This version also fixes some of the flicker effects whenever there are too many enemies and barrels on-screen. There are also two new power-ups added to this version: A Jessica doll, which makes the player's character invulnerable to damage for a short time, and a doll of the player's character, which serves as an extra life. The enemy placement is also significantly different from the original (especially on the "Expert" setting) and the background of Stage 3 (the "West Side") has the bar crowd that was missing in the original port. Flicker is visible fading between image frames displayed on cathode ray tube (CRT) based monitor. ... 1-up (or 1UP, 1-UP, etc. ... Singles bar redirects here. ...


Note: This was released later in Australia as "Final Fight" on the Super Nintendo, only adding to the confusion.


Mighty Final Fight

Main article: Mighty Final Fight

Mighty Final Fight is a beat em up released by Capcom for the Nintendo Entertainment System in 1993. ...

Final Fight CD

The Sega CD version, titled Final Fight CD, was developed internally by Sega under license from Capcom and released in 1992. The game was considerably better received by arcade fans over the previous SNES version due to the inclusion of most of the missing elements from the arcade game, such as a playable Guy, the industrial stage with the Rolento boss fight, and simultaneous two-player mode. Due to the use of the CD-ROM medium, the developers saw fit to add extended opening and ending sequences, featuring full voice acting. An arranged Red Book soundtrack was also composed for this version, and a time attack mode featuring new stages for each character was added. The Sega Mega-CD ) is an add-on device for the Sega Mega Drive released in Europe, Australia, New Zealand and Japan. ... This article is about the video game company. ... The CD-ROM (an abbreviation for Compact Disc Read-Only Memory (ROM)) is a non-volatile optical data storage medium using the same physical format as audio compact discs, readable by a computer with a CD-ROM drive. ... A voice actor (also a voice artist) is a person who provides voices for animated characters (including those in feature films, television series, animated shorts), voice-overs in radio and television commercials, audio dramas, dubbed foreign language films, video games, puppet shows, and amusement rides. ... In popular music an arrangement is a setting of a piece of music, which may have been composed by the arranger or by someone else. ... Red Book is the standard for audio CDs (Compact Disc Digital Audio system, or CDDA). ...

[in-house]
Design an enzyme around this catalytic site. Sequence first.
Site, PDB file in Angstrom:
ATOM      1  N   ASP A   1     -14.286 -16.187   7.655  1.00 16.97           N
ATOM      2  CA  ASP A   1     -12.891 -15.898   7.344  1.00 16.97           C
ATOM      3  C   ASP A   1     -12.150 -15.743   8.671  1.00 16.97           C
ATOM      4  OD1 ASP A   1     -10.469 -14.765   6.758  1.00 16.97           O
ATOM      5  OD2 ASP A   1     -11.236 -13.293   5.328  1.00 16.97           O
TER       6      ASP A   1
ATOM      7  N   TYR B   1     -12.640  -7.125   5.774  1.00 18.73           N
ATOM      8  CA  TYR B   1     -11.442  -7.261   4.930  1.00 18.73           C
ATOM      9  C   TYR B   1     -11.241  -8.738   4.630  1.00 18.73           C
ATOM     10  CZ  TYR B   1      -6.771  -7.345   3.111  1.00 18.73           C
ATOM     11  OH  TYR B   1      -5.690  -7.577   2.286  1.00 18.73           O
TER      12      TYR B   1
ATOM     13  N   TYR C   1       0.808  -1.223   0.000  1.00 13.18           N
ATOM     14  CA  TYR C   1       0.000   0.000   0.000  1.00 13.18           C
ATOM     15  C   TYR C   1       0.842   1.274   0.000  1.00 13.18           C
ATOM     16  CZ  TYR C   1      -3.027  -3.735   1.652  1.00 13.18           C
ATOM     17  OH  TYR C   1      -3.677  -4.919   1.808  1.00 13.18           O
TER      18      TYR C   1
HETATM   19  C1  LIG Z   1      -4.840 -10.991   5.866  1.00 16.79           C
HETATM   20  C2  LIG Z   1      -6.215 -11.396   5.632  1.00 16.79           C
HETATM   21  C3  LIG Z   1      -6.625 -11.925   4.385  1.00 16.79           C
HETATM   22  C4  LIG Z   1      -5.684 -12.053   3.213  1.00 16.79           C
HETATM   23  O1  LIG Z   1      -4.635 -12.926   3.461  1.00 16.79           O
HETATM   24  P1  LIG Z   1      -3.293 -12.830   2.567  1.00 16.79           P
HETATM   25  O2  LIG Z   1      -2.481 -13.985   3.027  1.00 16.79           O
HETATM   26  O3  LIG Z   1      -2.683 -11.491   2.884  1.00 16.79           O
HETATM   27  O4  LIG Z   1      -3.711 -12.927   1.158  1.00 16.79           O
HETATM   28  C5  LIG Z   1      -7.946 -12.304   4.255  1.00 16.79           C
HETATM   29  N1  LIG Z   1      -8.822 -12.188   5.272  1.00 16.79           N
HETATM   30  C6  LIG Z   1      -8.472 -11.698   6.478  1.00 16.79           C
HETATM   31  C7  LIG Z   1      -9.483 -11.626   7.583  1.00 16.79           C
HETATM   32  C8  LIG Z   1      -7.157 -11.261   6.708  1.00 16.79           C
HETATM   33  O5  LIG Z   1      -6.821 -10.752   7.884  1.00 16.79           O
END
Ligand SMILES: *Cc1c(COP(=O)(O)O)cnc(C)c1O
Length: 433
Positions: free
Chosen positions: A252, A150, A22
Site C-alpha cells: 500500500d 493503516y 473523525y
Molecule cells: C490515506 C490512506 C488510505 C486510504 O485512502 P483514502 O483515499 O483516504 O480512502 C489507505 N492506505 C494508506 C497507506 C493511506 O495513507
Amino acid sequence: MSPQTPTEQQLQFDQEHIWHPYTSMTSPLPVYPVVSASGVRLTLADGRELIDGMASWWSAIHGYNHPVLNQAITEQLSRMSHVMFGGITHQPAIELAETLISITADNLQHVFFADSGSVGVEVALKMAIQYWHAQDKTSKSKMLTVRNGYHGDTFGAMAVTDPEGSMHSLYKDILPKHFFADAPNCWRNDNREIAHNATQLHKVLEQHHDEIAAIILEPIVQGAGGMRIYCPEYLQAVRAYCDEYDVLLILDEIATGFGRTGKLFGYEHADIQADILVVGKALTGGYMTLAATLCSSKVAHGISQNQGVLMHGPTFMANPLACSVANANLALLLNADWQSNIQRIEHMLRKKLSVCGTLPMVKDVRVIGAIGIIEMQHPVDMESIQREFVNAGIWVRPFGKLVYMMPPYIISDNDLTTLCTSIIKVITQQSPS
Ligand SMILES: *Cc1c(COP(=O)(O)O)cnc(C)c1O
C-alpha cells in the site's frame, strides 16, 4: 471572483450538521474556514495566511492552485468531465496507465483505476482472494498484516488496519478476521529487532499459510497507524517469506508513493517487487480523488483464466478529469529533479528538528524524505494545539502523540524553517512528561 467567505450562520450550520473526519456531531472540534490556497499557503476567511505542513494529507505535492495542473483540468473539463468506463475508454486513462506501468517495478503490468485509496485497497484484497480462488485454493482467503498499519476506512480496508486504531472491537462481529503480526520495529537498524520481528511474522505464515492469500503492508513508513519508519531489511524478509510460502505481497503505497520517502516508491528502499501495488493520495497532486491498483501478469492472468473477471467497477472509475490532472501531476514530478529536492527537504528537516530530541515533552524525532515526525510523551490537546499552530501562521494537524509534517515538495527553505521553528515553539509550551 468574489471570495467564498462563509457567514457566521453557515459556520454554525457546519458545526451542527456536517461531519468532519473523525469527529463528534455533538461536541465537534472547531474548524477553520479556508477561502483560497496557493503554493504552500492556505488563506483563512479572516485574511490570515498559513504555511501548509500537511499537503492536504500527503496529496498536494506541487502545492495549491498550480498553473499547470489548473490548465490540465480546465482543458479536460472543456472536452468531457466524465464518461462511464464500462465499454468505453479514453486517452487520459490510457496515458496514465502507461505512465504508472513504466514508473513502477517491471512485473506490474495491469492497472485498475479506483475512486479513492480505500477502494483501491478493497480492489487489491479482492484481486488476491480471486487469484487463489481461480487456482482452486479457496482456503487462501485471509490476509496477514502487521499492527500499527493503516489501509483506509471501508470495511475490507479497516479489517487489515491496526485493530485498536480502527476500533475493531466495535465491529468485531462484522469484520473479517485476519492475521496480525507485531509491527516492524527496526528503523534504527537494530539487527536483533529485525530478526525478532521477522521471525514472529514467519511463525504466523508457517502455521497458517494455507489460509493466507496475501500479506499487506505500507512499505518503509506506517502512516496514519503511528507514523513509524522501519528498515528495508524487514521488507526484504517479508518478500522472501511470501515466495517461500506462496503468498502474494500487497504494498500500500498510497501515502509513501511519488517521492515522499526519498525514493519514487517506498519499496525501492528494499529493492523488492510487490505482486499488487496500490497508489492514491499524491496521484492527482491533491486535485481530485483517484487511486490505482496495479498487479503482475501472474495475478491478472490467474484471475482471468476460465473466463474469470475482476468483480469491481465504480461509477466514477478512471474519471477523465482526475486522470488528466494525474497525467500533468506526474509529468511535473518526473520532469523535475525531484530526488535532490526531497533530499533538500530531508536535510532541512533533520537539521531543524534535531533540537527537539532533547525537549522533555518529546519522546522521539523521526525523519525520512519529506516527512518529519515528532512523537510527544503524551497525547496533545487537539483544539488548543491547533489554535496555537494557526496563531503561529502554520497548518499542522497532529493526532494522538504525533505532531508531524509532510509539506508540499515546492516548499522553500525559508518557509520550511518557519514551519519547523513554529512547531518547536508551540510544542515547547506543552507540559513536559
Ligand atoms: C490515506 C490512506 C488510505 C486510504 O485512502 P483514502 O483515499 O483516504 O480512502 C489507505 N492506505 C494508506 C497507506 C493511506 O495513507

Final Fight One

A Game Boy Advance version, titled Final Fight One, was released in 2001. This version was based on the previous SNES versions (particularly Final Fight Guy), but contained all three playable characters and co-op gameplay through cable linking. The missing Industrial Area stage was restored as well, with the second Bonus Round moved after the fifth stage (the Bay Area). The Guy/Haggar and Jessica doll power-ups were kept, with a Cody doll added to the mix. Most of the scene transitions were added to this version, though a few are still missing such as boarding the train in mission 2 (the doors of the train also do not open as they do in the arcade) and entering the lift in the final mission. “GBA” redirects here. ...